“Downing Street is clinging to a fundamentally bad strategy. Since day one, its overwhelming political priority has been to get through the Covid crisis with Red Wall support intact. It believes it can do this by following the polls in its response to the pandemic, while following through on its manifesto pledges. It is in denial that these two parallel strategies have spectacularly collided.”
The Tories want you to think they are back. In truth, they are stuck on a loop. Granted, the departure of Sir Mark Sedwill and the demise of Dfid are strong opening riffs to the Whitehall Revolution. All the right noises are coming out of Brexit negotiations. And now, a multi-billion spending pledge to restore the ‘health of the nation’ falls to the energetic beat of the party’s levelling up agenda.
And yet something feels very, very wrong. The momentum is robotic. No 10’s demeanour is steely but the eyes are dead. From pledging new school buildings when children are still yet to return to their lessons, to doubling down on a travel infrastructure drive at a time when the future of commuting has never looked more uncertain, it is strategising and spinning as if lockdown has changed nothing. And yet lockdown has changed everything.
Downing Street is clinging to a fundamentally bad strategy. Since day one, its overwhelming political priority has been to get through the Covid crisis with Red Wall support intact. It believes it can do this by following the polls in its response to the pandemic, while following through on its manifesto pledges. It is in denial that these two parallel strategies have spectacularly collided.
Not least because public opinion, quite understandably, failed to see into the future. In spring, support for lockdown was highest in the Midlands and North East. Polling showed the majority of Brits believed Covid-19 would not economically affect them. Early analysis suggested that London was seeing the sharpest drop in business activity caused by retail, hospitality and venue closures, a sentiment relayed in Northern media, encouraging a false sense of security.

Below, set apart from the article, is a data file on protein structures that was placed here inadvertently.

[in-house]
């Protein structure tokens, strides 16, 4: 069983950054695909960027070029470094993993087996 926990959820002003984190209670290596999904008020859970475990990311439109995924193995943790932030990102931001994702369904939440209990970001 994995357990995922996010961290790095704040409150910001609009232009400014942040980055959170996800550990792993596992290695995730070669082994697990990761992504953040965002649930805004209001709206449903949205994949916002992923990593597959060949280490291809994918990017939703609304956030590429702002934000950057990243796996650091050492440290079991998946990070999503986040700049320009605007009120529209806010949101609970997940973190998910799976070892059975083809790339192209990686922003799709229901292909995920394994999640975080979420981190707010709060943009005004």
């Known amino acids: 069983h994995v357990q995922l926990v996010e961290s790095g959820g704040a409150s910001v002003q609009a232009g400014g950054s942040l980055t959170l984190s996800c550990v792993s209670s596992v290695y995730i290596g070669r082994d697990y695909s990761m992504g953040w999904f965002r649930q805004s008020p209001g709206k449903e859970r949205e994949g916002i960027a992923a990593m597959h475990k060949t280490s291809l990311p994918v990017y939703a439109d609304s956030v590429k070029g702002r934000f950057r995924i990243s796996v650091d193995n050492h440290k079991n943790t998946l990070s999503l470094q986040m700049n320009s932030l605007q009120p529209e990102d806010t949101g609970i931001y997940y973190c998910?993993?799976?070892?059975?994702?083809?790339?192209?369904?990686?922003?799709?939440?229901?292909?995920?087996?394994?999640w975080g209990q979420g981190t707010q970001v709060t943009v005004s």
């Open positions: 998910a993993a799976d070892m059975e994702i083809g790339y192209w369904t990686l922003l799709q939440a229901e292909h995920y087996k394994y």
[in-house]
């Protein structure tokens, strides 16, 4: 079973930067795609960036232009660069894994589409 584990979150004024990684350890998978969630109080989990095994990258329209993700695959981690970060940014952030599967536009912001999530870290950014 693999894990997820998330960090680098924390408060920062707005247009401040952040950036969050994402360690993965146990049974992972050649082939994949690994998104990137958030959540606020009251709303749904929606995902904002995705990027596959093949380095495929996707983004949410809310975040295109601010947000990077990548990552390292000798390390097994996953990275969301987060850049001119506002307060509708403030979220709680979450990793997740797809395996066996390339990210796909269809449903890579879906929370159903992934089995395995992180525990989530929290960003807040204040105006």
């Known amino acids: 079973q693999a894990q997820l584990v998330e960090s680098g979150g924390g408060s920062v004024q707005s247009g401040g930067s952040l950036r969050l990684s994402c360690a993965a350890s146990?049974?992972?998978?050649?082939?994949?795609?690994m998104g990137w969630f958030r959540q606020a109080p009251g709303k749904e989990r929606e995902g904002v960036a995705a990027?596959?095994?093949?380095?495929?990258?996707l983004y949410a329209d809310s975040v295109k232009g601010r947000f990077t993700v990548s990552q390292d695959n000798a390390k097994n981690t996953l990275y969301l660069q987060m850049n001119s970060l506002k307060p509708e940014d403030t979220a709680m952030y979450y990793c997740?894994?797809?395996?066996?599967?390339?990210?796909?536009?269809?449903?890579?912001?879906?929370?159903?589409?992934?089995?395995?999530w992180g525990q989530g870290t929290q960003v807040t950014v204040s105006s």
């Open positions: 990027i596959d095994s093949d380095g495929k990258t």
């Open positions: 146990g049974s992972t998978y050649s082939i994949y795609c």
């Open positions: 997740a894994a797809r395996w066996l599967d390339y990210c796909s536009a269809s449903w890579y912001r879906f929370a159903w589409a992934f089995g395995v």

But so it goes that ex-industrial towns are the worst hit by lockdown job losses, according to the Institute for Employment Studies. These regions are expected to see an average fall of 12 per cent in output over the next five years, more than double that in the South East, at 5 per cent. The myth that the Government could somehow put the economy on ice and then unfreeze looks absurd in retrospect. Unfortunately for the Red Wall though, the lockdown lie has taken on a life of its own. Boris Johnson’s refusal to explicitly pursue a strategy of business as usual while shielding the vulnerable means that economically ruinous local lockdowns in certain Red Wall provinces now look inevitable.
The Tories are stuck in a similar rut with their levelling up agenda. This flagstone policy was always all about making simple, visible improvements in deprived towns by the next election: gleaming new hospitals and schools, spruced-up high streets and “shovel-ready” infrastructure projects. Perhaps this would have been just enough to create a sense of progress in normal circumstances. But, in the middle of an unprecedented economic crisis, it looks like window dressing when the house is on fire.
If ‘Jobsageddon’ is coming to Britain, one would be forgiven for expecting a Conservative government to try and douse its flames with authentically conservative policies. It should be slashing employment red tape, particularly around the hiring of agency workers, and freezing the minimum wage to encourage employers to keep on staff. It should be driving a tank through planning regulations, and aggressively pursuing tax cuts.
Instead, Boris Johnson continues to pursue strongman statism, pouring billions into road and rail connections, and flashy housing developments. Meanwhile, Rishi Sunak runs scared of tax cuts, even dithering over a temporary reduction VAT. In fact, from paying people not to work through lockdown, to effectively renationalising the railways in a cap-tip to Corbyn, it is difficult to discern anything particularly conservative about this government, or its response to the pandemic.
Perhaps the so-called party of business has forgotten how much politics resembles the economy it continues to trash. Parties that lack a strong USP are easily undercut by cheap imitations. Just as voters traded in trite Blarite passion in favour of cuddly Cameroonism, the avuncular and meticulous Keir Starmer might yet outmanoeuvre Boris Johnson’s pitch as the command-and-control father of the nation.